Anticoagulation Therapy (RE-LY) trial, the Rivaroxaban
Once daily oral direct factor Xa inhibition Compared
with vitamin K antagonism for prevention of stroke
and Embolism Trial in AF (ROCKET-AF) trial, and
the Apixaban for Reduction in Stroke and Other
Thromboembolic Events in Atrial Fibrillation
(ARISTOTLE) trial, dabigatran, rivaroxaban, and apixaban
had a lower rate of life-threatening bleeding than
warfarin.44-47 Reversal agents are not yet available for novel
oral anticoagulation (compared with 4-factor prothrombin
complex concentrate for warfarin) but are likely to come to
market in the next 2 years. Patients with mechanical heart
valves or hemodynamically signicant mitral stenosis
should be treated only with warfarin (they were excluded
from the novel oral anticoagulant trials).44-46
Disposition From the ED
In recent collaborative work, we found that 69% of ED
visits with a primary diagnosis of atrial brillation resulted
in hospitalization in the United States compared with
37% in Canadas most populous province.48 The largest
intercountry variation was for patients younger than 65

6 Annals of Emergency Medicine

years: 64% of visits made by these patients resulted in


hospitalization in the United States versus 25% in the
Canadian cohort. Several Canadian studies have suggested
that discharge home is safe.11,33 Presumably the younger
US patients are being admitted for further testing; however,
this can be performed on an outpatient basis. We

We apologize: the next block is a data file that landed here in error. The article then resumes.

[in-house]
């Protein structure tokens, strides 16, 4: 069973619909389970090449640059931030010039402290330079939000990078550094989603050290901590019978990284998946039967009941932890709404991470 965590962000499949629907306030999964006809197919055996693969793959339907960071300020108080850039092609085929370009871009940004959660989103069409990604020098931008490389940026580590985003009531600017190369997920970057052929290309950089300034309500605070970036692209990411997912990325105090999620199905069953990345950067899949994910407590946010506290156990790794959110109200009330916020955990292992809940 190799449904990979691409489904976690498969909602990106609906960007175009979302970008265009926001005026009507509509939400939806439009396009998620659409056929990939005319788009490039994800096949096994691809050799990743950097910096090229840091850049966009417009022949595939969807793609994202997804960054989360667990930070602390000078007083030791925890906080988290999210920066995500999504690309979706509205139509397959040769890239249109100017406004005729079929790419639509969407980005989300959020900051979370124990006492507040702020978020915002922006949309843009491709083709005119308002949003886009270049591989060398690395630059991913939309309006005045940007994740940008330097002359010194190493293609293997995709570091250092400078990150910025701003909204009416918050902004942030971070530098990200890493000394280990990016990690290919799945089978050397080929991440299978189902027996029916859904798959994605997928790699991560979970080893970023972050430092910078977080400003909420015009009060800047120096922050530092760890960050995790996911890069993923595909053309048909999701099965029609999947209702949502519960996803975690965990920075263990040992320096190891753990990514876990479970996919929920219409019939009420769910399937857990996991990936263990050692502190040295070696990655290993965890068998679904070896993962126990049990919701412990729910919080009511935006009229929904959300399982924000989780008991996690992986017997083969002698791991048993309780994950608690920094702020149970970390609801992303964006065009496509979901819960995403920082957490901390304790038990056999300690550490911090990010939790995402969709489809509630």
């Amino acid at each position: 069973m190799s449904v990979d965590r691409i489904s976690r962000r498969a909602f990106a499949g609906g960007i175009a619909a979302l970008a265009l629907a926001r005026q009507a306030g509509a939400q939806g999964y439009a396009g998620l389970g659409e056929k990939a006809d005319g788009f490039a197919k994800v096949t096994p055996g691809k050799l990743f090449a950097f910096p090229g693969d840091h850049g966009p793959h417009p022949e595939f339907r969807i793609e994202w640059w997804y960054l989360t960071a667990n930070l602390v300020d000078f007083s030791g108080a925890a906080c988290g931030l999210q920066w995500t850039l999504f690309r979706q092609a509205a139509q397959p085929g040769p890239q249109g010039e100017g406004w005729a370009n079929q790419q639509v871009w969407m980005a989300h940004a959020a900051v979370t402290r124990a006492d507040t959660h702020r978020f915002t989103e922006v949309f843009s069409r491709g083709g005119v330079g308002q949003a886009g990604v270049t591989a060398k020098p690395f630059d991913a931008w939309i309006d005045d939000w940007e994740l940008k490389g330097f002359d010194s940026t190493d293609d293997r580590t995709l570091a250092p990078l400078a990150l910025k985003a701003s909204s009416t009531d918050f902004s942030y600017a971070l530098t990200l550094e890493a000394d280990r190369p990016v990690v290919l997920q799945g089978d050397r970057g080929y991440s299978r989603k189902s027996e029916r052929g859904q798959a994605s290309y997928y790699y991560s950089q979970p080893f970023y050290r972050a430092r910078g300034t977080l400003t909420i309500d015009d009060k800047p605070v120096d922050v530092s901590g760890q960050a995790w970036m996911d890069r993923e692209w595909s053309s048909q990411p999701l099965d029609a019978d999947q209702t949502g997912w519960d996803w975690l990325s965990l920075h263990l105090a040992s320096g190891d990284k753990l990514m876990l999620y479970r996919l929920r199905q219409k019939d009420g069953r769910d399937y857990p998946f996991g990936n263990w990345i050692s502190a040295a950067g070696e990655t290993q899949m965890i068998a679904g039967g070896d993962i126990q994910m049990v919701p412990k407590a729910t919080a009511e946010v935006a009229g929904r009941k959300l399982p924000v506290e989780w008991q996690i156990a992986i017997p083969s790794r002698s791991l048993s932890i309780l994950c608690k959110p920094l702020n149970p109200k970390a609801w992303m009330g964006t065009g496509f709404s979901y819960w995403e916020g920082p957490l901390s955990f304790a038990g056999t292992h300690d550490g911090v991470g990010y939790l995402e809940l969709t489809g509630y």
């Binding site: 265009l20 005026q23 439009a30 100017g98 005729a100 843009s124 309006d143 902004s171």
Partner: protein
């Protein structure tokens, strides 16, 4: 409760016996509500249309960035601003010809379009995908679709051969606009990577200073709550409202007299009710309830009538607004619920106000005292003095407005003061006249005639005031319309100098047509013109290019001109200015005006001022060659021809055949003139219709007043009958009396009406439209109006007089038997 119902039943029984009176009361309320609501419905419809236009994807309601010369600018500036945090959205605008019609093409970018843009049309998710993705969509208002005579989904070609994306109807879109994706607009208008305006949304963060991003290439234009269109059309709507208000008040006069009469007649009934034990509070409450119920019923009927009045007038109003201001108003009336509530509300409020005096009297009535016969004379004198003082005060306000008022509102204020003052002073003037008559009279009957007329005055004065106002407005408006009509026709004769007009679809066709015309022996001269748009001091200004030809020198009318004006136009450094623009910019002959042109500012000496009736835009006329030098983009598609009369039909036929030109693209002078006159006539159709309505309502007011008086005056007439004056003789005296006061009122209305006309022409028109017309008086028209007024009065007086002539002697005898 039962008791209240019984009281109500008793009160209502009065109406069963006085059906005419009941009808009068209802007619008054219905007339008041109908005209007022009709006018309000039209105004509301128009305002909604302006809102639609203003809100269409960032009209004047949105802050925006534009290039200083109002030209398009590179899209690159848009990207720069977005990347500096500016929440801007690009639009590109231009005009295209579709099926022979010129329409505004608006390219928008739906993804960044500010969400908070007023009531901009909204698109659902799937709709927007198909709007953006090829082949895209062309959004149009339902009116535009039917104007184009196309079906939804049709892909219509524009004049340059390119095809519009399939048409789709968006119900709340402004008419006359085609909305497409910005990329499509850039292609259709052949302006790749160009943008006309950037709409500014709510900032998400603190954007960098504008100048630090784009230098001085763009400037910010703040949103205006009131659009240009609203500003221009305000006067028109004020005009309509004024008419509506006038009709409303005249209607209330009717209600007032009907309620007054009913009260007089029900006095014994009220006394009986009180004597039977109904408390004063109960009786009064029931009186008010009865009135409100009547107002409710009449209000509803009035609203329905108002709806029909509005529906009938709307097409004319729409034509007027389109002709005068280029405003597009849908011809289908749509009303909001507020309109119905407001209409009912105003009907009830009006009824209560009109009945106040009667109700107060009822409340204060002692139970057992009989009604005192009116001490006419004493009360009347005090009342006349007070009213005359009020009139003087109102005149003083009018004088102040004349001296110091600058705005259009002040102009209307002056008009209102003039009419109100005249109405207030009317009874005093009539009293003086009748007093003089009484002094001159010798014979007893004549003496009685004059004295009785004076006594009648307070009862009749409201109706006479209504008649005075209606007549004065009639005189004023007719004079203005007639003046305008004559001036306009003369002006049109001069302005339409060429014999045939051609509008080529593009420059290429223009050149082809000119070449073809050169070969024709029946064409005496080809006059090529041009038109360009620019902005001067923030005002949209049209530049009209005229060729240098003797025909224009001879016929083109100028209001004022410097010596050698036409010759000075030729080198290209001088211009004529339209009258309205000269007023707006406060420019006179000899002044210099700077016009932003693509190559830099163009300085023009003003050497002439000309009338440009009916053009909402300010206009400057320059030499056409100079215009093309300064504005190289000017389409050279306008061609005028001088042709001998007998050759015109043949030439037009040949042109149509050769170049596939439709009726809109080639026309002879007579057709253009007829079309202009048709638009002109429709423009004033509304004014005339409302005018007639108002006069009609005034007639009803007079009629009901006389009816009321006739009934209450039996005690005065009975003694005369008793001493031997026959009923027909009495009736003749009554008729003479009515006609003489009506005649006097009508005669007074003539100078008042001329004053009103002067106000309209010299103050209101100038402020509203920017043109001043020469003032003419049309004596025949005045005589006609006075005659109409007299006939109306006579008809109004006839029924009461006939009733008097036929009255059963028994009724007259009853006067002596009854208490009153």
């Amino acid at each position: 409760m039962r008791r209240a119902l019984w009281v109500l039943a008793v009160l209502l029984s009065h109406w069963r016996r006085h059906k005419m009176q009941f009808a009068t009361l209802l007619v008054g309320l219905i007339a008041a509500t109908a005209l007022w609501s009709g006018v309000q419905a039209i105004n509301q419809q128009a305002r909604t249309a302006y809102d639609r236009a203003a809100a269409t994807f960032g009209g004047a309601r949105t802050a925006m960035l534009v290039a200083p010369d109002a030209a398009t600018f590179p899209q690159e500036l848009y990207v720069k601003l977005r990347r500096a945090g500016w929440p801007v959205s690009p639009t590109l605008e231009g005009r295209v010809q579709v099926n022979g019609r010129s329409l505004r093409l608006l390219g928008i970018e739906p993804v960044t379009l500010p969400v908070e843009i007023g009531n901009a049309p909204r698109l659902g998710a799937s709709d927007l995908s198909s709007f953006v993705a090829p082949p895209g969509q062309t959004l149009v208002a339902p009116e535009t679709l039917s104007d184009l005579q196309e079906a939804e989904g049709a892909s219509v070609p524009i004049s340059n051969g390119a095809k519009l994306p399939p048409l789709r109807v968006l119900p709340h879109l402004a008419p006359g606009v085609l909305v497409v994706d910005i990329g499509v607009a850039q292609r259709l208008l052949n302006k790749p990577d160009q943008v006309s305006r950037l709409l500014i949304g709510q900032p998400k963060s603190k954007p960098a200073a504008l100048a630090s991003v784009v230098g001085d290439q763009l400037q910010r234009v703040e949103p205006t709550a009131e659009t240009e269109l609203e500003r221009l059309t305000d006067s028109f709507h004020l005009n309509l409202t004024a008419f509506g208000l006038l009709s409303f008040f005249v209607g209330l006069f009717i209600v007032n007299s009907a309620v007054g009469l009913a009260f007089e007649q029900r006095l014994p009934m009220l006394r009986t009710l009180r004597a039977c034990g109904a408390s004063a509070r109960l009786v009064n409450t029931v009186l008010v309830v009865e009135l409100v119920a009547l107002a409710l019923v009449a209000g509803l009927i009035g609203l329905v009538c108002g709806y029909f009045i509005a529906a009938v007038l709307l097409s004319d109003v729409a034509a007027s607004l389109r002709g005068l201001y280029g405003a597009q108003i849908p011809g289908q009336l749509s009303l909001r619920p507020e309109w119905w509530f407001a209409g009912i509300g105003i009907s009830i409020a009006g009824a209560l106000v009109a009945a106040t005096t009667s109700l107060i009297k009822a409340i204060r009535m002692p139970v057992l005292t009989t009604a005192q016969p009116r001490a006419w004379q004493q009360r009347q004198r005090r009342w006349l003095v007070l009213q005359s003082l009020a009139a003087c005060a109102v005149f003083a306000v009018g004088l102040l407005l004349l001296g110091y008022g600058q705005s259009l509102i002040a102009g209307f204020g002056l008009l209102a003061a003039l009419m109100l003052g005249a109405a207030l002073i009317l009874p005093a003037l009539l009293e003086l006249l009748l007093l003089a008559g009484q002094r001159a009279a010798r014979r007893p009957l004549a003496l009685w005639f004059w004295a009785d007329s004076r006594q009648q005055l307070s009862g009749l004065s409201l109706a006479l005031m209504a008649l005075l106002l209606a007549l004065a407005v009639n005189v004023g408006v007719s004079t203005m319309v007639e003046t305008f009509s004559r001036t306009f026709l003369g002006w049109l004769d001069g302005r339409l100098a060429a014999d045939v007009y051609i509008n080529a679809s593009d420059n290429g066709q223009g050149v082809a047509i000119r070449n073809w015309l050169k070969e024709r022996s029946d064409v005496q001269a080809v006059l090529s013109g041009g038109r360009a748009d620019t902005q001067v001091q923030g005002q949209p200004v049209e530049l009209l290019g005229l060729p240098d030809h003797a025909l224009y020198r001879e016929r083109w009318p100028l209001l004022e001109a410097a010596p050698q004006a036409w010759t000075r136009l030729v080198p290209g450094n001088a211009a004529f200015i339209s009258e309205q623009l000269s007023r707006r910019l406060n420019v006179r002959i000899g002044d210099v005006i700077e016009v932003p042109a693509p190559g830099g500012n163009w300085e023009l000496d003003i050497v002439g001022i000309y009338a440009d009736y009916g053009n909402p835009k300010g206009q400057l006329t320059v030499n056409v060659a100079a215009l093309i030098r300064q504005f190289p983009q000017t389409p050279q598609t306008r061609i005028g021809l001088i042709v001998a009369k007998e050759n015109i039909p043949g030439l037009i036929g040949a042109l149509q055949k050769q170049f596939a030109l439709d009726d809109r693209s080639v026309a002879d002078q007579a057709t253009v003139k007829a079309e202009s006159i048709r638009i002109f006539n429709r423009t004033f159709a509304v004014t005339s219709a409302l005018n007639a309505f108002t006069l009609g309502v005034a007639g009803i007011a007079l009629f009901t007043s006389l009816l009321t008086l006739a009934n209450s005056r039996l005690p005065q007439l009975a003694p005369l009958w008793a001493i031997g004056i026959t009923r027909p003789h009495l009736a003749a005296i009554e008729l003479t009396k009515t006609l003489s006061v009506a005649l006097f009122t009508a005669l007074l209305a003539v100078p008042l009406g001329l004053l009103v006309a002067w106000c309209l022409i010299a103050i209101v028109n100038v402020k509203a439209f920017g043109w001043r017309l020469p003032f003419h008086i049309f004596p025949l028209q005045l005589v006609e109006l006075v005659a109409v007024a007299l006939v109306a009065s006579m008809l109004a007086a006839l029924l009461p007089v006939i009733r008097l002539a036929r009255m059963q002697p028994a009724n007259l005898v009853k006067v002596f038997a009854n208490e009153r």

recommend that hospitalization be reserved for patients
with the following: another ED diagnosis (eg, pneumonia),
presence of acute coronary syndrome or heart failure, or
failure of rate control (unable to achieve <100 beats/min)
or rhythm control.7 Otherwise, these patients are likely
safest in their own homes with close outpatient follow-up
care.12
Supervising editor: Judd E. Hollander, MD
Author afliations: From the Division of Emergency Medicine,
Department of Medicine, University of Toronto, Sunnybrook Health
Sciences Centre, and the Institute for Clinical Evaluative Sciences,
Toronto, Ontario, Canada (Atzema); and the Department of
Emergency Medicine, Vanderbilt University Medical Center,
Nashville, TN (Barrett).
Funding and support: By Annals policy, all authors are required to
disclose any and all commercial, nancial, and other relationships
in any way related to the subject of this article as per ICMJE conict
of interest guidelines (see www.icmje.org). The authors have stated
that no such relationships exist and provided the following details:
Dr. Atzema is supported by a New Investigator Award from the
Heart and Stroke Foundation. Dr. Barrett is supported by National
Institutes of Health grant K23 HL102069 from the National Heart,
Lung, and Blood Institute. The content is solely the responsibility of
the authors and does not necessarily represent the ofcial views of
the National Institutes of Health. Dr. Barrett serves as a scientic
consultant for Red Bull GmbH and Boehringer Ingelheim
Pharmaceuticals, Inc. on nonatrial brillation diseases.